Tag: Regulation

A horse. A zebra. Or maybe it’s a fish?

Until a few days ago, I had never heard the expression: “When you hear hoofbeats, think of horses not zebras”. A visiting US professor used it in conversation with me. Then I heard it again, last night. This time spoken by Patterson, an FBI agent (sort of).

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Regulatory dreams and economic nightmares

In the early days of my career, I occasionally dreamed that I had failed my professional exams and was being summoned back for a re-sit. Since I never actually practised in the discipline in which I qualified, I’m not sure what game my subconscious was playing with me. But last week I dreamed I was back at university… only to wake up and find that I was.

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Journalists in a tiz at Supreme Court’s win-win decision

I’m not sure quite how to say this. So I’ll say it twice:

Yesterday, a young graduate won her claim against the government’s back-to-work scheme. She argued that the regulations and the manner of their implementation were unlawful. Despite taking its case all the way to the Supreme Court, the government lost on three separate grounds. 

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Leveson – Is the battle already lost?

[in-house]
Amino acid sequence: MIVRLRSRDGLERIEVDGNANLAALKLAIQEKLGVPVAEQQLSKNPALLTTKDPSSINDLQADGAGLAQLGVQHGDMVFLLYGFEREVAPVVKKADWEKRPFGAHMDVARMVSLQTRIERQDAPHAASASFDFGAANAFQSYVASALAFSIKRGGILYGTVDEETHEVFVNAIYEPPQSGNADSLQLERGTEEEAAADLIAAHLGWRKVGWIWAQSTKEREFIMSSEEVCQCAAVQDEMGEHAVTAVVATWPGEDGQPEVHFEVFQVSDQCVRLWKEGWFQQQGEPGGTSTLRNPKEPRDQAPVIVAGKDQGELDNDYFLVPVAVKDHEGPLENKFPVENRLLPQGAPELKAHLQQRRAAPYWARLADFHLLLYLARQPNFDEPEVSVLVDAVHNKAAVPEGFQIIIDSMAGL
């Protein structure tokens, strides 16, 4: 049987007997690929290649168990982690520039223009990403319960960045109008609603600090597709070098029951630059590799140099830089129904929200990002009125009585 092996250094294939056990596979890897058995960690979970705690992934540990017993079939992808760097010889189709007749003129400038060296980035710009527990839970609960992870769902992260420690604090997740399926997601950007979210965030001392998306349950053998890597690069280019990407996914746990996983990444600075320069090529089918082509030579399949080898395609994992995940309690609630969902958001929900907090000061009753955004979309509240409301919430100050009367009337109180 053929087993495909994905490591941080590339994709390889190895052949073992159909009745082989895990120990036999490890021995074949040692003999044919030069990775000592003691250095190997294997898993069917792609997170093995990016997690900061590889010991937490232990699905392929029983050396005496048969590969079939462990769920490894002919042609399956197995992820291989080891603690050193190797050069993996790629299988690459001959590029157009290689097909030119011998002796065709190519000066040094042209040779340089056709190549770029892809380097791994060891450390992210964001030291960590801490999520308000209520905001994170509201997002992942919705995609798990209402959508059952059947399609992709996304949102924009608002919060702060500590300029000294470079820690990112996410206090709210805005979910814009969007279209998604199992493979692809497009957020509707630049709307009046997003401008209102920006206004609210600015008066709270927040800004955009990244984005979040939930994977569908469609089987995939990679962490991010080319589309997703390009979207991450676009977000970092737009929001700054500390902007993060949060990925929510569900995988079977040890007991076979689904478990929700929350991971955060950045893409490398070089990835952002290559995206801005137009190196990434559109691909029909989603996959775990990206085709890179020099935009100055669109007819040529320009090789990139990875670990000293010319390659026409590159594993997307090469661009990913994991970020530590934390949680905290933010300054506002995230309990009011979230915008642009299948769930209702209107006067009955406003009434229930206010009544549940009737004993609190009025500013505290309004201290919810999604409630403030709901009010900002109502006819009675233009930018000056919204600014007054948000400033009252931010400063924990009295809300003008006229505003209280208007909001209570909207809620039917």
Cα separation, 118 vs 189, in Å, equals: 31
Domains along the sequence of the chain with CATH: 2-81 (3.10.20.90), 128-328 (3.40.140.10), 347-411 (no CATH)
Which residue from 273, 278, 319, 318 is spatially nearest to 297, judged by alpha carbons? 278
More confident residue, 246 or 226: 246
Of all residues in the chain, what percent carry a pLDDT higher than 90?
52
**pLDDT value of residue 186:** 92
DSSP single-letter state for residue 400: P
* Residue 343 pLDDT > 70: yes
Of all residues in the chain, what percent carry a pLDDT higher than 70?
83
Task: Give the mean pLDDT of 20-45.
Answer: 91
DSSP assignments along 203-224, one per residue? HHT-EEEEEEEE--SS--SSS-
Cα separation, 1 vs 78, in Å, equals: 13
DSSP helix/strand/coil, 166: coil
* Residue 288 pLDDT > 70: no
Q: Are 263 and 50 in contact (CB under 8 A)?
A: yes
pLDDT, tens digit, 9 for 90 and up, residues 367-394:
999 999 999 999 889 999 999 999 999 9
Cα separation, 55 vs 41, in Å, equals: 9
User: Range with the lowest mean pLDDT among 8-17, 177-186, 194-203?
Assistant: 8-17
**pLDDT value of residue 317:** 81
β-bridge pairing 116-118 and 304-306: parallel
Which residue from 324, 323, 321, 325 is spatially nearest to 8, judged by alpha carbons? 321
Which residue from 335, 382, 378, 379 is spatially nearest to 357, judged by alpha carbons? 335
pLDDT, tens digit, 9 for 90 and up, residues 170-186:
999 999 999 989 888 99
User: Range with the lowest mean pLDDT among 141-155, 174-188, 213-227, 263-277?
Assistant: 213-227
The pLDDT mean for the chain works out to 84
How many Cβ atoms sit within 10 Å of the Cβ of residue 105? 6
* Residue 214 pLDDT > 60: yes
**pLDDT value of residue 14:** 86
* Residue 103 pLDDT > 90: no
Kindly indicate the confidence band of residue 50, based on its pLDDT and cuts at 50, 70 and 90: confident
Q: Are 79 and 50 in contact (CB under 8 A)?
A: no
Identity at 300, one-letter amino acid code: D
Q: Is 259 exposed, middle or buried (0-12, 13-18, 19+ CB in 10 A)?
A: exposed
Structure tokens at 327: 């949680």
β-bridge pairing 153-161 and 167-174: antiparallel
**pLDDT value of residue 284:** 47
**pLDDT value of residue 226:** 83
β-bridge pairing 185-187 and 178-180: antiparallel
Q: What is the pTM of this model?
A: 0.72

What are the chances of being able to write a 2,000 page report on press regulation and walk away with all-party support (or even all-Party support)? Plainly, not very high. This final stage of the inquiry could have been – should have been – handled differently.

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Harry’s Bottom and the Right to Privacy

Today’s big argument is said to be about privacy and the public interest. I think there must be more to it that that. Most commentators seem to be going round in circles.

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Accountants in a tangle with Webb

Regular readers of this blog must be sick to death by now of me repeating how much damage accounting standards are doing to pension schemes (here, here, here and, even on video, here). So I’ll be brief this time – very, very brief. There is finally light at the end of the accounting tunnel.

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You mean we’re NOT supposed to avoid tax?

Tax avoidance has become a hot topic. The Times newspaper has recently unmasked a scheme in which income tax is avoided by the ludicrously simple means of saying the salary is only a loan which might have to be repaid (but never actually is). One of the newspaper’s columnists, David Aaronovitch, has been writing about the immorality of tax avoidance (both links behind a paywall).

I used to think it was easy to spot the moral dividing line when it came to tax avoidance. If our government had created the exemption, that meant they positively wanted us to take advantage of it. Anything else was almost certainly a loophole and morally objectionable, even if it was legal. But does that distinction still apply? 

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